LL: I think it’s easier if you know the truth from the beginning. The idea that people have a serious health crisis like a stroke and then they completely recover, that was one piece of the book “My Stroke of Insight” that just enraged me. I know she was able to almost fully recover, but that doesn’t happen with most cases of severe strokes. That happy ending is not available to most people.
I also wanted to question the idea that the caregivers, if they stick around, are often considered heroic and courageous. The reality is we’re all more complicated than that. I have had tons of times where I’ve been full of self-pity and selfishness. I think it’s all in the book. There were times when I wanted to run away, when I yelled at my kids or was inpatient or unfair to Rob. Caregivers should get to grieve and long for their life the way it was before the stroke.
MP: Was it frightening to be honest about things like having the impulse to run away from it all or considering divorce?
LL: It was. It was scary, to be honest. But I wanted to be honest. I feel vulnerable, but I wanted it to be in there because I felt that my story wouldn’t be useful if it wasn’t really honest.
MP: Were you concerned that there were times in the book where your honesty might hurt somebody’s feelings?
LL: Not too much. I changed some names — and I tried to tread lightly with people who were still alive.
MP: What about your family? Did you let them review the book before you published it?
LL: Rob read the whole book, So did my girls. I said they could change it if they wanted to before it was published. The girls made a few requests or comments, but not much. They are the only people mentioned in the book who read it before it was published. They are the main characters, especially Rob. He’s been nothing but supportive and proud of me, which says a lot about him.
MP: Since his stroke, Rob’s really made a point of encouraging you to get out there and live your life.
LL: From the beginning, he’s always been supportive of me. He said, “Yes: Go to India,” or “Go to Guatemala.” He’s never resented it.
I know that some caregivers don’t get that kind of encouragement to go off on their own and travel and have more freedom after their partner’s stroke. Their partners would like them to be with them always or need them to be there. We’re both fortunate that Rob is very independent. Still, to this day, if he needs to go to the doctor I will go with him. He can’t always understand what they are saying. He can’t explain what the issue is. I’m the interpreter. I handle all the finances. I can’t take off for Borneo for six months, but I can be away for two weeks.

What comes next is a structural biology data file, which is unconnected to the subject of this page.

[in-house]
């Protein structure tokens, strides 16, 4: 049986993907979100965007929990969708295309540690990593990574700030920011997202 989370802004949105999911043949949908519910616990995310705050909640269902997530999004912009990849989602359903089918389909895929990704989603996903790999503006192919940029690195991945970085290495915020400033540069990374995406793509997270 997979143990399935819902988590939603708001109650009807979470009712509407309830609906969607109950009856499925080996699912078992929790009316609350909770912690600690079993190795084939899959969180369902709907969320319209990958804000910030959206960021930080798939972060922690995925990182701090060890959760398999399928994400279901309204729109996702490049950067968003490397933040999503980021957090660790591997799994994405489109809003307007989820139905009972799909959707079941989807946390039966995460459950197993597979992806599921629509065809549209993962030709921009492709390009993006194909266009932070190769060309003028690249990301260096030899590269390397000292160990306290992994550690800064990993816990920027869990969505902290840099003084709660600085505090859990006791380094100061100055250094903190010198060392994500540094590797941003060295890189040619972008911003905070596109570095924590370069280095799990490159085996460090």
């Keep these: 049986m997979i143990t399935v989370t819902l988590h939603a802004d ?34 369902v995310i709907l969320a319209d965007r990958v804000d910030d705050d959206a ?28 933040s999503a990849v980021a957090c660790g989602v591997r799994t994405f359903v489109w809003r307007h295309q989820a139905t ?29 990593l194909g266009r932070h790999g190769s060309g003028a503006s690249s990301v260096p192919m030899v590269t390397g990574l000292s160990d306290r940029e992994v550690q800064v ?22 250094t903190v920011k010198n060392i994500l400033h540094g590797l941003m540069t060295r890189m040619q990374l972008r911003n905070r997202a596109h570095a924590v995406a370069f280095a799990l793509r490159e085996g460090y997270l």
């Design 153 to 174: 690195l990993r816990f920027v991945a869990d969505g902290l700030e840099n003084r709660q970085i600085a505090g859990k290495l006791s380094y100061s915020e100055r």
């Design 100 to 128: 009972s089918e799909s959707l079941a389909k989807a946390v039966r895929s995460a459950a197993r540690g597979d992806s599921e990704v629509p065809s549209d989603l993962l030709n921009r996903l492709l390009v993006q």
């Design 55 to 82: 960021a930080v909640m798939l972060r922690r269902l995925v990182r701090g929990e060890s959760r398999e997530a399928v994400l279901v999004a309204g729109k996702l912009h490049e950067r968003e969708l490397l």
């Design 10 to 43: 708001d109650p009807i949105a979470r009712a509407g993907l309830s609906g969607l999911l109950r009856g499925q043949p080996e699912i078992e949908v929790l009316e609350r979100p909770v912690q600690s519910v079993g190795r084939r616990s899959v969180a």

Now that the girls are gone, if I go away, I might have a friend check in to make sure he’s OK. He goes to the grocery store. He fixes simple meals. He takes total care of the dog. He’s very independent. He has worked very hard. What he has said to me multiple times is he really did it for the girls. He wanted to improve as much as he could for them. He knew I’d be fine, but he wanted to be there for them when they were growing up.
MP: How do you think Rob’s stroke has impacted the kind of young adults your daughters have grown up to be?
LL: I think that they are much more mature and much more sensitive to disability and the human condition than I was at their age or most young people are. They just don’t take things for granted. They don’t take healthy parents for granted. They’ll joke about how they’ve spent way too much time in hospitals and emergency rooms for people their age. They’ve had to step up a lot more than most young people.
MP: Do you ever think that the reason it took you so long to write this book was because as a journalist it’s hard to write about yourself?
LL: That’s probably one of the reasons it took me so long. I’m a famously fast writer. I can crank out a 2,000-word story in three hours. But when it came to personal stuff and pulling out these memories and writing about them it was painful. I cried during a fair amount of the writing. I don’t like doing that. I prefer to be happy and laughing. So that’s the main reason it took me so long. I didn’t want to go there, but I’m glad I did.